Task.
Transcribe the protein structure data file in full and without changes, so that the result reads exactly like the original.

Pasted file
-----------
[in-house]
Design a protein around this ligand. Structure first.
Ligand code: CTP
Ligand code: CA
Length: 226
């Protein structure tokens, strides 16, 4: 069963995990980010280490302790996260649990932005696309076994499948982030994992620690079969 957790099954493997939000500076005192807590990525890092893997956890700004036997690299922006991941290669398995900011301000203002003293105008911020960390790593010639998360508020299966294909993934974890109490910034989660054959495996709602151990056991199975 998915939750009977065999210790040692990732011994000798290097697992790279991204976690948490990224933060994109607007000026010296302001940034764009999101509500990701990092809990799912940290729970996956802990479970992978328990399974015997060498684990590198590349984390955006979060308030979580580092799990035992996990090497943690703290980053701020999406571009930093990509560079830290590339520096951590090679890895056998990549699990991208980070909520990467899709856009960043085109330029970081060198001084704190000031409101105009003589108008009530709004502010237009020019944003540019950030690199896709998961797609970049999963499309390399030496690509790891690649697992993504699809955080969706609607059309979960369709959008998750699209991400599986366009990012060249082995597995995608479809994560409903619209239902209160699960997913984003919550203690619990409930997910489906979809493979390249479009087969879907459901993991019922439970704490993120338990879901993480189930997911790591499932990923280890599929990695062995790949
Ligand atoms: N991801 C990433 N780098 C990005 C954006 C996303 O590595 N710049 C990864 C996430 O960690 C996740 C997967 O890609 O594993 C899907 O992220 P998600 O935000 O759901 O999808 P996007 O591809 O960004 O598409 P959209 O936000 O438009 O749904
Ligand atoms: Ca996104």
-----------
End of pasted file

[in-house]
Design a protein around this ligand. Structure first.
Ligand code: CTP
Ligand code: CA
Length: 226
């Protein structure tokens, strides 16, 4: 069963995990980010280490302790996260649990932005696309076994499948982030994992620690079969 957790099954493997939000500076005192807590990525890092893997956890700004036997690299922006991941290669398995900011301000203002003293105008911020960390790593010639998360508020299966294909993934974890109490910034989660054959495996709602151990056991199975 998915939750009977065999210790040692990732011994000798290097697992790279991204976690948490990224933060994109607007000026010296302001940034764009999101509500990701990092809990799912940290729970996956802990479970992978328990399974015997060498684990590198590349984390955006979060308030979580580092799990035992996990090497943690703290980053701020999406571009930093990509560079830290590339520096951590090679890895056998990549699990991208980070909520990467899709856009960043085109330029970081060198001084704190000031409101105009003589108008009530709004502010237009020019944003540019950030690199896709998961797609970049999963499309390399030496690509790891690649697992993504699809955080969706609607059309979960369709959008998750699209991400599986366009990012060249082995597995995608479809994560409903619209239902209160699960997913984003919550203690619990409930997910489906979809493979390249479009087969879907459901993991019922439970704490993120338990879901993480189930997911790591499932990923280890599929990695062995790949
Ligand atoms: N991801 C990433 N780098 C990005 C954006 C996303 O590595 N710049 C990864 C996430 O960690 C996740 C997967 O890609 O594993 C899907 O992220 P998600 O935000 O759901 O999808 P996007 O591809 O960004 O598409 P959209 O936000 O438009 O749904
Ligand atoms: Ca996104």